Whether you were convicted of a criminal offense as a result of a plea bargain or went to trial and were found guilty, the ultimate disposition of the case will come at a sentencing hearing. In some cases this may be done immediately after entering a plea or receiving a verdict, while in other cases it is scheduled a month or two after the conviction. The sentencing hearing is a hearing in which the sentencing judge will have broad discretion in imposing a sentencing (notwithstanding the terms of the plea agreement). It is important to know the possible consequences you are facing, and how to put yourself in the best position for a favorable disposition.
The overwhelming majority of sentences received (not including sentences received upon revocation of probation and parole) fall into what is known as the standard range. Standard range sentencing is a topic worthy of its own post, however the basic idea is that the range available for your potential minimum sentence is derived from the use of a sentencing matrix. The X axis of this matrix is your Prior Record Score, which is calculated from prior criminal offenses you have been convicted of. The Y axis is the Offense Gravity Score, which is the seriousness of the current offense. This will give a range of minimums for the judge to choose from, but that range can carry potential sentences that vary by over a year in some cases.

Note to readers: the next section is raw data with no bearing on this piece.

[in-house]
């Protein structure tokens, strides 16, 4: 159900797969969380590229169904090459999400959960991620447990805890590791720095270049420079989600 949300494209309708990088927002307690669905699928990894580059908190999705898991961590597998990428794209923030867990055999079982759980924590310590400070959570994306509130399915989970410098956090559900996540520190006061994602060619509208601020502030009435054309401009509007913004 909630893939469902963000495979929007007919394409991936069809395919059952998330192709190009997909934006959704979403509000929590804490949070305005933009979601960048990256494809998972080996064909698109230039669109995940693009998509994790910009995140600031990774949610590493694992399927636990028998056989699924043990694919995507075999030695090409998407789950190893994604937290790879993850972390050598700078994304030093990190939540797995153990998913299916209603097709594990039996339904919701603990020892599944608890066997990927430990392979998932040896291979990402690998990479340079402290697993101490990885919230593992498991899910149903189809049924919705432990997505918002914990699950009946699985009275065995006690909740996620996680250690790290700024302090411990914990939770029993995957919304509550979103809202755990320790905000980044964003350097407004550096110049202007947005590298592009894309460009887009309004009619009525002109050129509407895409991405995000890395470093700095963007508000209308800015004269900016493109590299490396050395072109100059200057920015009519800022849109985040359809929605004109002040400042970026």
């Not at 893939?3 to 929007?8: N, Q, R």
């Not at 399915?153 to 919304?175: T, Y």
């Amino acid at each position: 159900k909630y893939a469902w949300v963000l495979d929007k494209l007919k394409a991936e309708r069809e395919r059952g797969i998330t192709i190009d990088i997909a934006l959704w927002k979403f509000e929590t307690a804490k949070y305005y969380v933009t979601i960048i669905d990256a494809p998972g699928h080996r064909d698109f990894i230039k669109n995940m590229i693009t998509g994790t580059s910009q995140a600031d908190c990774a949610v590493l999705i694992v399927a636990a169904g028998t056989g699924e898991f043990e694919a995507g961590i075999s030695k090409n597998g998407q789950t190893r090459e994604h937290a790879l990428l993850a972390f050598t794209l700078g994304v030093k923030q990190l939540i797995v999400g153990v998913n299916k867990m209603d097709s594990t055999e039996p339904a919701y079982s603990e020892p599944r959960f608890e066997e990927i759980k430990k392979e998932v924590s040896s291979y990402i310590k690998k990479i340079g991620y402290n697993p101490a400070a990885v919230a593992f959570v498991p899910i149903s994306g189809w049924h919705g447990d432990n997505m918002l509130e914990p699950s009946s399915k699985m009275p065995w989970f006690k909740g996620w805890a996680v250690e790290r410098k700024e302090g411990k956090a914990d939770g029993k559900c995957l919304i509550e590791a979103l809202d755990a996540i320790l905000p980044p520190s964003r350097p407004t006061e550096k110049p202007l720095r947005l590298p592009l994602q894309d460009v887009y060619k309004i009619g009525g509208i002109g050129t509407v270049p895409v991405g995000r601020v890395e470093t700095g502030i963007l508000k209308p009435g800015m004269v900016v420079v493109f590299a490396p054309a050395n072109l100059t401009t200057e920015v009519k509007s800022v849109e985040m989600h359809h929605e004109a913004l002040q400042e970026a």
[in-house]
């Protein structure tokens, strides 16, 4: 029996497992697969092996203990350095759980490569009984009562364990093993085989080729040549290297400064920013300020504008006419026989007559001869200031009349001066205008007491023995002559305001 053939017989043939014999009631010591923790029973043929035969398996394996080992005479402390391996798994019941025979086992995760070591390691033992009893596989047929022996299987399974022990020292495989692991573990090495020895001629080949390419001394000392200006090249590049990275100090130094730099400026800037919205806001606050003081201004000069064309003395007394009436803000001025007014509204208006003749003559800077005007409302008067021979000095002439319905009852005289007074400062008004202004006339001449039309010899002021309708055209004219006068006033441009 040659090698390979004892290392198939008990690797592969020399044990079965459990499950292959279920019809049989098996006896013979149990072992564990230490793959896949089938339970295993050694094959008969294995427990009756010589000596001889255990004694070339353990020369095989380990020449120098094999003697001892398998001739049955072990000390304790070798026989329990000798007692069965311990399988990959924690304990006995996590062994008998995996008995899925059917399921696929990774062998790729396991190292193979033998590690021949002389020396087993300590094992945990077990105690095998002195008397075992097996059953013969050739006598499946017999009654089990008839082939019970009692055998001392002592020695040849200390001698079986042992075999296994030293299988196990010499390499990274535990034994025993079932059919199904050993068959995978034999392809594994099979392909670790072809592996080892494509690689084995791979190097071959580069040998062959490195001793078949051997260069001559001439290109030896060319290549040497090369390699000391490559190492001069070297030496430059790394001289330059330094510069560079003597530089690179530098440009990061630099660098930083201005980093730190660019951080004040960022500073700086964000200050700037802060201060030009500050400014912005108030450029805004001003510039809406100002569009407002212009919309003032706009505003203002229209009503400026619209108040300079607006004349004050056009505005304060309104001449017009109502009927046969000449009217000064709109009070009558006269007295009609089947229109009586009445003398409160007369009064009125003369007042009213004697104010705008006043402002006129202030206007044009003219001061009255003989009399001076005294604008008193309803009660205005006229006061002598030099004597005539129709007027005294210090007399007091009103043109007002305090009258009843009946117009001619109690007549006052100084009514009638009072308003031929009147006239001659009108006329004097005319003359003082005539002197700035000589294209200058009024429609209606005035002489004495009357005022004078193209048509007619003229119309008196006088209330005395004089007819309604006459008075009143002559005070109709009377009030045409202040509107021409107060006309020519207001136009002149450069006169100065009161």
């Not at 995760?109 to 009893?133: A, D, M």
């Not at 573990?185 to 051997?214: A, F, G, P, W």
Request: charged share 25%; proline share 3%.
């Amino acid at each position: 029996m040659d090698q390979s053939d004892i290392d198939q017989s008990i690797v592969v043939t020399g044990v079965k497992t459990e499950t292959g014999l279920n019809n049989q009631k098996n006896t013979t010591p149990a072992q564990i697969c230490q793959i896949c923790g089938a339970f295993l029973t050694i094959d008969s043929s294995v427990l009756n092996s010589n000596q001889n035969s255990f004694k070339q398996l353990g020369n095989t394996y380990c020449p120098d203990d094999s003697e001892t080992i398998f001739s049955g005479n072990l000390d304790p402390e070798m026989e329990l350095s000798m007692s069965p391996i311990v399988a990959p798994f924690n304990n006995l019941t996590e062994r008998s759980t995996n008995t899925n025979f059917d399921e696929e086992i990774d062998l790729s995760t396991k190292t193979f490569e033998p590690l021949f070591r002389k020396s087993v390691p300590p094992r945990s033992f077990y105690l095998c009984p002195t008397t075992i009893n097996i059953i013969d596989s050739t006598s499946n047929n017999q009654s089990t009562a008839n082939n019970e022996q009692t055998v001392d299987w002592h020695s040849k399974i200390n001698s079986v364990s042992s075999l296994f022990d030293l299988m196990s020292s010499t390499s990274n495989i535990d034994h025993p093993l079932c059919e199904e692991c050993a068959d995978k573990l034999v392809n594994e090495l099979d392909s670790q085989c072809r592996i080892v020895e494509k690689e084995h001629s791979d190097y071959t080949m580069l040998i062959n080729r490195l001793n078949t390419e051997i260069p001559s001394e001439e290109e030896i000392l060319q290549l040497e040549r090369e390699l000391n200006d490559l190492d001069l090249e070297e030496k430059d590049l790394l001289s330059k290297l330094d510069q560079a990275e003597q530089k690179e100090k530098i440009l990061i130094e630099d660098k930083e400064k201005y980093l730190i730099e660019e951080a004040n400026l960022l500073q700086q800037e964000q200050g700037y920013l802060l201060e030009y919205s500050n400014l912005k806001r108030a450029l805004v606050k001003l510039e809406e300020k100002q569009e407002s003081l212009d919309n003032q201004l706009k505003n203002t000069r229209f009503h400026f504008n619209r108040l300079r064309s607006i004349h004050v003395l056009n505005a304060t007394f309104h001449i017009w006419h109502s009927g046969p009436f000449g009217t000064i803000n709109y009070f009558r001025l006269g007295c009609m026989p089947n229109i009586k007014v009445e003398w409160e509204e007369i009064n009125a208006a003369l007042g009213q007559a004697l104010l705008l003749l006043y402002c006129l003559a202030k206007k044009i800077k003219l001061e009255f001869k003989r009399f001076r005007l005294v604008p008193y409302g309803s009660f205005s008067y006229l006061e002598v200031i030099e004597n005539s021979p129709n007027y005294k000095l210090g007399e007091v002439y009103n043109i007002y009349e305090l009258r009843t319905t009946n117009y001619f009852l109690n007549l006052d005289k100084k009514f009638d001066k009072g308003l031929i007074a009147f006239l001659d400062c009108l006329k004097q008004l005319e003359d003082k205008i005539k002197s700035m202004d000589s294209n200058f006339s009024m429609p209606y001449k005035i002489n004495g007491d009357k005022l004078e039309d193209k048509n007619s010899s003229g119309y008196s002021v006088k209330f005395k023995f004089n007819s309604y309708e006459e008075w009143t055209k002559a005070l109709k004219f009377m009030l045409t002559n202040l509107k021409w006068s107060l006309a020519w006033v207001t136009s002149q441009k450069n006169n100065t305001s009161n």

That’s why it is important to be prepared for your sentencing hearing. Depending on the nature of the offense and your prior record, the court may order a pre-sentence investigation report (PSI). This report will be made available to the judge, and involve the results of an interview had with the defendant about the defendant’s home life, their version of events, prior record, substance abuse issues, and other relevant data. In addition to this PSI, at the time of sentencing, the attorneys may make argument about anything relevant that may influence the judge’s decision.
As a defendant, it is important you have positive evidence to present on your behalf. Gainful employment, proactive efforts made to address substance abuse and mental health issues, community involvement, payments of restitution, and good behavior on supervision or while incarcerated, are all positive factors to present on your behalf.
Attorney Frank Walker has the experience with Courts in Allegheny County and the surrounding areas and knows what you need to do to be in the best position at sentencing. He can prepare you for the PSI interview and tell you the potential consequences of your actions. If you or a loved one is facing criminal charges and need help tackling these complicated issues, call Attorney Frank Walker at (412) 315-7441. Don’t gamble with your liberty! Call today